This article was originally published by Radio Free Europe/Radio Liberty and is reprinted with permission.
Facebook says it has suspended a series of Instagram accounts originating in Russia whose operators posed as people inside the United States that targeted Americans with divisive political messages ahead of next year’s presidential election.
The social-media giant on October 21 said it had also suspended three separate networks operated from Iran. It said the Russian network “showed some links” to Russia’s Internet Research Agency (IRA).
The IRA, a St. Petersburg-based organization known for being a Russian “troll farm,” was mentioned repeatedly by U.S. Special Counsel Robert Mueller in his investigation into Russian election interference.
According to U.S. experts, IRA is owned by the Kremlin-connected businessman Yevgeny Prigozhin, sometimes referred to as “Putin’s Chef.”
“We see this operation targeting largely U.S. public debate and engaging in the sort of political issues that are challenging and sometimes divisive in the U.S. right now,” said Nathaniel Gleicher, Facebook’s head of cybersecurity policy.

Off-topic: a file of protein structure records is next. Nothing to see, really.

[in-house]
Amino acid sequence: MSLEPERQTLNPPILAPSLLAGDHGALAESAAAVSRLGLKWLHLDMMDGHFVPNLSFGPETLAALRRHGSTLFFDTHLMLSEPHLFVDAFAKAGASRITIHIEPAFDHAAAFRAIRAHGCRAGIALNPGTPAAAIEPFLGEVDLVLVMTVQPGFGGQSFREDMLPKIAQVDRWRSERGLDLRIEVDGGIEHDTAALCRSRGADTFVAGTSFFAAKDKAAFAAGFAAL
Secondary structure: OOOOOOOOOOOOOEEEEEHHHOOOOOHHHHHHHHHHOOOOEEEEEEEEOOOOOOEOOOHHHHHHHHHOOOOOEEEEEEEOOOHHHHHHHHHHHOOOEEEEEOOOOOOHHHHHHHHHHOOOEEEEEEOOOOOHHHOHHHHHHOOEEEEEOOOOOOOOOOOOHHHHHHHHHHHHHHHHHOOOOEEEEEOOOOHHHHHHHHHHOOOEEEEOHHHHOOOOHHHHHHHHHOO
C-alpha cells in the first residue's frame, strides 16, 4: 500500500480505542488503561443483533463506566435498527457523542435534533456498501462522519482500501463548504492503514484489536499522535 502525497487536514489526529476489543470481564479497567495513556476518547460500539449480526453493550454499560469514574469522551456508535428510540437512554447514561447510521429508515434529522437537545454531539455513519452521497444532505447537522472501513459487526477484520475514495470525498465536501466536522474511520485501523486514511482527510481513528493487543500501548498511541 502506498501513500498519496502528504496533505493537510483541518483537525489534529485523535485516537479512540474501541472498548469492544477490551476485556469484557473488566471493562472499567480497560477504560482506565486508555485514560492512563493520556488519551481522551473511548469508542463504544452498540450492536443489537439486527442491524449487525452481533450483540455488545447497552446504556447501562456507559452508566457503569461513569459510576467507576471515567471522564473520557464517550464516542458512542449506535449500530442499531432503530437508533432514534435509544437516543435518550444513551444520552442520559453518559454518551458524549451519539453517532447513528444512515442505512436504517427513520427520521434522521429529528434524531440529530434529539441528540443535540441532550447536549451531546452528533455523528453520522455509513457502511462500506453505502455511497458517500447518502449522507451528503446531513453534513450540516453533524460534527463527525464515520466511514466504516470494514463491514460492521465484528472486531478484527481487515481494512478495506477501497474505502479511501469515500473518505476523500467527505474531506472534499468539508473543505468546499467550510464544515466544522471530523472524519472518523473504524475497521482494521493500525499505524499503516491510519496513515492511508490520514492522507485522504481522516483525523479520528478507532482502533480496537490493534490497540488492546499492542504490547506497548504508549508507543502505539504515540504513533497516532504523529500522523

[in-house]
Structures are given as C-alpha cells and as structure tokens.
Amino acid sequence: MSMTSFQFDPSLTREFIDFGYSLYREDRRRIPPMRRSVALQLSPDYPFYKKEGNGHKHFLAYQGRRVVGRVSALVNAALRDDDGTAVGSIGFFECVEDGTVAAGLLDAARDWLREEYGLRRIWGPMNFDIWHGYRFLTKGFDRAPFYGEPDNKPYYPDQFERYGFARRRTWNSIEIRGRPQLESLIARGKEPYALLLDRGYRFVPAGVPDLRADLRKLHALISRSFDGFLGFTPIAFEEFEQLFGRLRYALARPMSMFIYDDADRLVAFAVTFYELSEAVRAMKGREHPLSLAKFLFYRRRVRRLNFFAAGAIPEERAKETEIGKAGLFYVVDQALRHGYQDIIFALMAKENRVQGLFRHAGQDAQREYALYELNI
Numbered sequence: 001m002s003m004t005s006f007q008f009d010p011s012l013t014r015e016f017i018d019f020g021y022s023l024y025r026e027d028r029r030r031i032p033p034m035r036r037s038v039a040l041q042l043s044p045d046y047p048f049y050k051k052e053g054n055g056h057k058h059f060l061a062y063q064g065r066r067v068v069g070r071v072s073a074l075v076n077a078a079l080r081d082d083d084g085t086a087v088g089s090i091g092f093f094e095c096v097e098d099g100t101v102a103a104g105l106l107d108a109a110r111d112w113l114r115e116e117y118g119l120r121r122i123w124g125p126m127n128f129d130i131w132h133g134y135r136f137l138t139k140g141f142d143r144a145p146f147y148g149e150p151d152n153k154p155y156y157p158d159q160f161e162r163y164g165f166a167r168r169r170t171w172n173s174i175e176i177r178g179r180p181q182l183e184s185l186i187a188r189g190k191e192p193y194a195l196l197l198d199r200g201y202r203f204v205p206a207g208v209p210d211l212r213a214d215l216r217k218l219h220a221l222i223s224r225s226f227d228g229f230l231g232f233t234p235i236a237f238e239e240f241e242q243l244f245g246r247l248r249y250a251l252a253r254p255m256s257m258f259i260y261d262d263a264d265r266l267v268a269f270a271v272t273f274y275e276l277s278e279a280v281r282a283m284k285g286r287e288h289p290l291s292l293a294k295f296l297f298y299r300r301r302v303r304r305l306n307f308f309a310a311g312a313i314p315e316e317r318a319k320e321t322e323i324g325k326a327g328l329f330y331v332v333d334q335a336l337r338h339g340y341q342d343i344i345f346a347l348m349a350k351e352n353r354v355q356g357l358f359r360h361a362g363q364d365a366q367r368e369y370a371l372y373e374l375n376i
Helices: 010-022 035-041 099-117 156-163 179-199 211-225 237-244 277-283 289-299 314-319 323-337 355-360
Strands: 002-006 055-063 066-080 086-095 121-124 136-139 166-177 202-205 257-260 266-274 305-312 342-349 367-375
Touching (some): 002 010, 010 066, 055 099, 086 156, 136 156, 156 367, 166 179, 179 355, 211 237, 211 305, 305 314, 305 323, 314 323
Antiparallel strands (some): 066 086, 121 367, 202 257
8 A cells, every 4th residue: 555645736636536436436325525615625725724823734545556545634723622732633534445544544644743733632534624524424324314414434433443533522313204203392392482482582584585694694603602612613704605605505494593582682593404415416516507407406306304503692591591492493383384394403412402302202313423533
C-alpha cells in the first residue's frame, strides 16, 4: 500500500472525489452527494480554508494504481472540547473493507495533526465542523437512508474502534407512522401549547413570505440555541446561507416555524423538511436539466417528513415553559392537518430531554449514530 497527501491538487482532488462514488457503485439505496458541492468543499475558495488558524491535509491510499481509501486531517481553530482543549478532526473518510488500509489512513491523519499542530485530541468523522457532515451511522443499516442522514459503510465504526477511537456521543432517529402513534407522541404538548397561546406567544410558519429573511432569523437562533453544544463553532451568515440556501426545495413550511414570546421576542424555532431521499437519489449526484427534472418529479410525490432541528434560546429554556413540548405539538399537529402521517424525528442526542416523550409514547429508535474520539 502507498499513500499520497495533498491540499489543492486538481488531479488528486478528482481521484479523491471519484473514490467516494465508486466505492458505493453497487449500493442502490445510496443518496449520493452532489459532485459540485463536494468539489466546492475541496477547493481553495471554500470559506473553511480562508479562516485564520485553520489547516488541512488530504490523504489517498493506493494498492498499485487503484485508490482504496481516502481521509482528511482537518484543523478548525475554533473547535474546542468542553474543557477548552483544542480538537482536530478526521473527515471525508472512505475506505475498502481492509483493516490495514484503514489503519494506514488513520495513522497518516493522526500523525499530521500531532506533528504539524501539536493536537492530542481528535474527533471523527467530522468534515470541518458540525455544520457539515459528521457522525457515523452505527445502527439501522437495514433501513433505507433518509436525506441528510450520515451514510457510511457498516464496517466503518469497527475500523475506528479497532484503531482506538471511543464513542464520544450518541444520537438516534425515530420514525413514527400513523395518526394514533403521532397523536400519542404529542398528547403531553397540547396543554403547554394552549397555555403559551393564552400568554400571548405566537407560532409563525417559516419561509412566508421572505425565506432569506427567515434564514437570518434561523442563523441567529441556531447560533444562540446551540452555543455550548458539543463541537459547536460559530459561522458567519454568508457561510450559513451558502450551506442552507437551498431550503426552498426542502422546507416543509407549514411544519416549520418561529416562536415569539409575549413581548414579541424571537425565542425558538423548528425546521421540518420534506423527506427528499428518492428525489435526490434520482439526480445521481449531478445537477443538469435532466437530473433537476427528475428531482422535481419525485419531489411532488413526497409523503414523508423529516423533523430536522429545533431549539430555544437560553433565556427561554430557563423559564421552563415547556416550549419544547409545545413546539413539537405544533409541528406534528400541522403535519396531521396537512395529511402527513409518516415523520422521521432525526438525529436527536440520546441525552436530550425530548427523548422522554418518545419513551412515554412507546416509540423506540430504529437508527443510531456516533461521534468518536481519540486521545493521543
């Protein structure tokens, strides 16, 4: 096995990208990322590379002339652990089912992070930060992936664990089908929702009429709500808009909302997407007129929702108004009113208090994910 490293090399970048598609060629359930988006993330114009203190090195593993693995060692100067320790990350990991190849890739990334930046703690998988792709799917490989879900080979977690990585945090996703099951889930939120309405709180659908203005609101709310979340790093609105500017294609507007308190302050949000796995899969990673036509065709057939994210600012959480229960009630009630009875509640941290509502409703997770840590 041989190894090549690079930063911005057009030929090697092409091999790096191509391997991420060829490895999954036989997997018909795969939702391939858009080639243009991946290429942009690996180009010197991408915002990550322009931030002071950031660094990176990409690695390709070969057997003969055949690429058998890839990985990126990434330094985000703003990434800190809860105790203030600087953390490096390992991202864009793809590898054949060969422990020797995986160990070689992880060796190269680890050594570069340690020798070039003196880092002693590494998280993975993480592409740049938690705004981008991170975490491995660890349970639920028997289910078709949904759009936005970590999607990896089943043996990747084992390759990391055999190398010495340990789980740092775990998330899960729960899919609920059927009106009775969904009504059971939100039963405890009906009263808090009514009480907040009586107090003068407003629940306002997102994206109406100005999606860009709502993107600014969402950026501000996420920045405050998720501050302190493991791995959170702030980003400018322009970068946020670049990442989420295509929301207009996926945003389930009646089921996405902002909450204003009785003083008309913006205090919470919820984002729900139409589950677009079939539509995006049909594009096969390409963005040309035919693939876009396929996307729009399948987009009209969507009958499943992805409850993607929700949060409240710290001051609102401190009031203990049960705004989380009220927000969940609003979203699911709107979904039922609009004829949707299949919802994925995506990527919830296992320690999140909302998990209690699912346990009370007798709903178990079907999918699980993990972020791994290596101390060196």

Gleicher said the IRA-linked network consisted of 50 Instagram accounts and one Facebook account and gathered 246,000 followers, about 60 percent of which were in the United States.
“Whenever you do that, a piece of what you engage on are topics that are going to matter for the election. But I can’t say exactly what their goal was.”
Facebook also announced new steps to fight foreign interference and misinformation ahead of next year’s election.
U.S. security officials have warned that Russia, Iran, and other countries could attempt to influence the result of the November 2020 presidential vote. Officials say they are on high alert for signs of foreign influence campaigns on social media.
Moscow and Tehran have repeatedly denied the allegations.